Messier 28

Messier 28

Messier 28
Messier 28 by Hubble Space Telescope; 2.5′ view
Credit: NASA/STScI/WikiSky
Observation data (J2000 epoch)
Class IV[1]
Constellation Sagittarius
Right ascension 18h 24m 32.89s[2]
Declination –24° 52′ 11.4″[2]
Distance 17.9 kly (5.5 kpc)[3]
Apparent magnitude (V) +7.66[2]
Apparent dimensions (V) 11′.2[4]
Physical characteristics
Mass 5.51×105[3] M
Radius 30 ly[5]
VHB 15.55 ± 0.10[6]
Metallicity –1.32[3] dex
Estimated age 12.0 Gyr[7]
Notable features Contains first pulsar discovered in a globular[8]
Other designations M 28, NGC 6626, GCl 94[2]

Messier 28 (also known as M28 or NGC 6626) is a globular cluster in the constellation Sagittarius. It was discovered by French astronomer Charles Messier on July 27, 1764.[9] He briefly described it as a "nebula containing no star... round, seen with difficulty in 3½-foot telescope; Diam 2′." The 2′ at the end indicates an angle of two arcminutes.[10]

In the sky it is less than a degree to the northwest of the 3rd magnitude star Kaus Borealis. This cluster is faintly visible as a hazy patch with a pair of binoculars[9] and can be readily found in a small telescope with a 8 cm (3.1 in) aperture, showing as a nebulous feature spanning 11.2 arcminutes. At 15 cm (5.9 in), the core becomes visible and a few individual stars can be resolved along the periphery. Larger telescopes will provide greater resolution,[4] with a 25 cm (9.8 in) telescope revealing a 2′ core.[9]

M28 is at a distance of about 17,900 light-years away from Earth.[3] It has a combined 551,000[3] times the mass of the Sun and is 12 billion years old.[7] 18 RR Lyrae type variable stars have been observed in this cluster. In 1986, M28 became the first globular cluster where a millisecond pulsar, PSR B1821–24, was discovered with the Lovell Telescope at Jodrell Bank Observatory.[8] A total of 11 additional millisecond pulsars have since been detected in the cluster with the Green Bank Telescope. As of 2011, this is the third largest known population of pulsars in a cluster following Terzan 5 and 47 Tucanae.[11]

Messier 28 on 2MASS; wide angle
Map showing location of M28 (Roberto Mura)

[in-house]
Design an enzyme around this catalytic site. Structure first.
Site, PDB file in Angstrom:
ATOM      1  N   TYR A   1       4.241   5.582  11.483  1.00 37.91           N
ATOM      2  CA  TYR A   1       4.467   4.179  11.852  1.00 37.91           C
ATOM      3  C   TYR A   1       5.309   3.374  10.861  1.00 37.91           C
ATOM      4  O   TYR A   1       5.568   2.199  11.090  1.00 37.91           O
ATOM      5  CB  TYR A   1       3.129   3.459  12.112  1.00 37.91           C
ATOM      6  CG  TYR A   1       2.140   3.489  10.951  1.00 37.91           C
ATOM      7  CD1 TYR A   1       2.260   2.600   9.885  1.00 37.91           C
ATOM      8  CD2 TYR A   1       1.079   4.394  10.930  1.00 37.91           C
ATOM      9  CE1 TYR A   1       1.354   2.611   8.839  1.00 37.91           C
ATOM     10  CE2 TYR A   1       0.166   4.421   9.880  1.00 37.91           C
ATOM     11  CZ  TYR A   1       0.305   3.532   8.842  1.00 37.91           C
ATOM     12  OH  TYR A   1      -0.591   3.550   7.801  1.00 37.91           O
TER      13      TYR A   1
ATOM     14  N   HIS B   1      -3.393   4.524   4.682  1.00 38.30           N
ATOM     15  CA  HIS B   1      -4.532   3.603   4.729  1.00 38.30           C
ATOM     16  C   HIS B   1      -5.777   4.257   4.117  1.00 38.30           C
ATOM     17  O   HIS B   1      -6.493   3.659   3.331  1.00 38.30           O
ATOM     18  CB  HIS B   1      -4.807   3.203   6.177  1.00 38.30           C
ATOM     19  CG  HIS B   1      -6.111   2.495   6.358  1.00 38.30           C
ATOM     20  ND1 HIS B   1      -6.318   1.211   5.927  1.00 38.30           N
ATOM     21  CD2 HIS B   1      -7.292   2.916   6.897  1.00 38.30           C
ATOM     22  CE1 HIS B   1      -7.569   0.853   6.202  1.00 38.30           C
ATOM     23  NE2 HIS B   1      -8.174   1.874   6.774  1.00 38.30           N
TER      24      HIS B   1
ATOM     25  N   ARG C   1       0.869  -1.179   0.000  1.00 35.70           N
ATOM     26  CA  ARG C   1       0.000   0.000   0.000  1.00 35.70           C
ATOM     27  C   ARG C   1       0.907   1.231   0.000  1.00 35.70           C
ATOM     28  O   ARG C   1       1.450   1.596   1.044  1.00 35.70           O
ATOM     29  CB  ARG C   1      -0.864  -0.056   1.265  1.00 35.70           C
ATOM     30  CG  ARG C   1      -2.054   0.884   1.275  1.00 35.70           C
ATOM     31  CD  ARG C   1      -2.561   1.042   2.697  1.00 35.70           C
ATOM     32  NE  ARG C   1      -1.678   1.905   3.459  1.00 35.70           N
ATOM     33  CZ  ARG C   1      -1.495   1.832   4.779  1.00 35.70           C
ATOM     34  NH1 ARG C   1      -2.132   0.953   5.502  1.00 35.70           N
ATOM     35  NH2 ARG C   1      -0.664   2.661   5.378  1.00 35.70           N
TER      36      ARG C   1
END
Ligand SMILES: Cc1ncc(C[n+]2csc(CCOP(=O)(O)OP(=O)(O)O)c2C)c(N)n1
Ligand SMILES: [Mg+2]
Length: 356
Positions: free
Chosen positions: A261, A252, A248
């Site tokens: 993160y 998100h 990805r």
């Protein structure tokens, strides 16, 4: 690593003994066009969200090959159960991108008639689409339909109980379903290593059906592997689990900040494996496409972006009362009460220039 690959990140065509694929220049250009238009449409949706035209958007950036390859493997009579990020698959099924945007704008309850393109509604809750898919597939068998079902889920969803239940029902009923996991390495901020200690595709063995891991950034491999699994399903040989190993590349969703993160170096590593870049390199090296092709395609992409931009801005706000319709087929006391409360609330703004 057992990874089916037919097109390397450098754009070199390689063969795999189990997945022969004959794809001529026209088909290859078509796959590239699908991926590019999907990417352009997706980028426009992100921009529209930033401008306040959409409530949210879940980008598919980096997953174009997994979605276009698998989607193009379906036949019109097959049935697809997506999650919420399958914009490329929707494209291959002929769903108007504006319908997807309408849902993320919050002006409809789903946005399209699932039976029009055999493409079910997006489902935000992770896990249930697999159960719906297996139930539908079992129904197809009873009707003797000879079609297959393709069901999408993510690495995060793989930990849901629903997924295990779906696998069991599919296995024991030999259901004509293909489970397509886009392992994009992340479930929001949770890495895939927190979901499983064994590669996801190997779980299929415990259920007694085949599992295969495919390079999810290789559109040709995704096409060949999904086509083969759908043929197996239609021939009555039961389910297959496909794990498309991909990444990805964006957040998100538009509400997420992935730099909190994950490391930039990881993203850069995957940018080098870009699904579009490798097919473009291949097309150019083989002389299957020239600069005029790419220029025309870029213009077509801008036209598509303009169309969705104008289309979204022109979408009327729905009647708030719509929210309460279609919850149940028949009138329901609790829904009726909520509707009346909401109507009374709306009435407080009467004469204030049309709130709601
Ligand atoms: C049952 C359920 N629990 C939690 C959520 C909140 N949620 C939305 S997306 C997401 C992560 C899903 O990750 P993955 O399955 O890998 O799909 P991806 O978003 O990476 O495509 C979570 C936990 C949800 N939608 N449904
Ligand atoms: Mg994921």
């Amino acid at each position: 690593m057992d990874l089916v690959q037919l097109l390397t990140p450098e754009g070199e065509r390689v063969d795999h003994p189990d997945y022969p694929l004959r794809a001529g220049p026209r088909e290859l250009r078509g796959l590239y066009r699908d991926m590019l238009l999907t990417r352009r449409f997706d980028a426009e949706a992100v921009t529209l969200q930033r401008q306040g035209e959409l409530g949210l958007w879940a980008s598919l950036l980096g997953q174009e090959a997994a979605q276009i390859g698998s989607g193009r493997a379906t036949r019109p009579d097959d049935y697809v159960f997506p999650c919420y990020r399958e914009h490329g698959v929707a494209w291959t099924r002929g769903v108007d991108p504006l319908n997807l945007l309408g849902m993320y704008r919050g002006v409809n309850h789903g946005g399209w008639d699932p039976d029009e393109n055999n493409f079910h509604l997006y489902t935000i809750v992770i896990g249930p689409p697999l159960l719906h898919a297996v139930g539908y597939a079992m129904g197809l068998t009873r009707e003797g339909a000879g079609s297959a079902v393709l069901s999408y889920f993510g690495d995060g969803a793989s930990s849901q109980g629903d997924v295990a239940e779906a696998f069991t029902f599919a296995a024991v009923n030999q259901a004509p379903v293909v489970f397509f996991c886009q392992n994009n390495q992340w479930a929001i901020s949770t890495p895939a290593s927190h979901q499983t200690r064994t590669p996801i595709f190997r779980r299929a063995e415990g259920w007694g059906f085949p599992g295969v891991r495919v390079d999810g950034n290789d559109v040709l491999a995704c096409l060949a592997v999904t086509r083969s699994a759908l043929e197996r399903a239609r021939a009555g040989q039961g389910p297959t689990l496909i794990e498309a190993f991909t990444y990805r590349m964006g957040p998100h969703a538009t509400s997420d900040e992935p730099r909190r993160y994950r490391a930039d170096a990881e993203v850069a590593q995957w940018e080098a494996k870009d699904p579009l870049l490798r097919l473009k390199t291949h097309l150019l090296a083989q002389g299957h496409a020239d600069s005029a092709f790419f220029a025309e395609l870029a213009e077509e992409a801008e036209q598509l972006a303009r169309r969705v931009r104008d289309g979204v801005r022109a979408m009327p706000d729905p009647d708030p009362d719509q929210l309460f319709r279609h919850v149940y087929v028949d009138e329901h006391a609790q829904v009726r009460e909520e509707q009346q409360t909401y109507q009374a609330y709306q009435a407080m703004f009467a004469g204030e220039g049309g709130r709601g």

1. ^ Shapley, Harlow; Sawyer, Helen B. (August 1927), "A Classification of Globular Clusters", Harvard College Observatory Bulletin (849): 11–14,  
  2. ^ a b c d "SIMBAD Astronomical Database". Results for NGC 6626. Retrieved 2006-11-16. 
  3. ^ a b c d e Boyles, J.; et al. (November 2011), "Young Radio Pulsars in Galactic Globular Clusters", The Astrophysical Journal 742 (1): 51,  
  4. ^ a b Inglis, Mike (2004), Astronomy of the Milky Way: Observer's guide to the northern sky, Patrick Moore's Practical Astronomy Series 1, Springer, p. 21,  
  5. ^ distance × sin( diameter_angle / 2 ) = 30 ly radius
  6. ^ Testa, Vincenzo; et al. (February 2001), "Horizontal-Branch Morphology and Dense Environments: Hubble Space Telescope Observations of Globular Clusters NGC 2298, 5897, 6535, and 6626", The Astronomical Journal 121 (2): 916–934,  
  7. ^ a b Koleva, M.; et al. (April 2008), "Spectroscopic ages and metallicities of stellar populations: validation of full spectrum fitting",  
  8. ^ a b "JBO - Stars".  
  9. ^ a b c Thompson, Robert Bruce; Thompson, Barbara Fritchman (2007), Illustrated Guide to Astronomical Wonders, Diy Science, O'Reilly Media, Inc., p. 402,  
  10. ^ Burnham, Robert (1979), Burnham's celestial handbook: an observer's guide to the universe beyond the solar system, Dover books explaining science 3 (2nd ed.), Dover Publications, p. 1609,  
  11. ^ Bogdanov, Slavko; et al. (April 2011), "Chandra X-ray Observations of 12 Millisecond Pulsars in the Globular Cluster M28", The Astrophysical Journal 730 (2): 81,  

External links

  • Globular Cluster M28 @ SEDS Messier pages
  • Messier 28, Galactic Globular Clusters Database page
  • Messier 28 on WikiSky: DSS2, SDSS, GALEX, IRAS, Hydrogen α, X-Ray, Astrophoto, Sky Map, Articles and images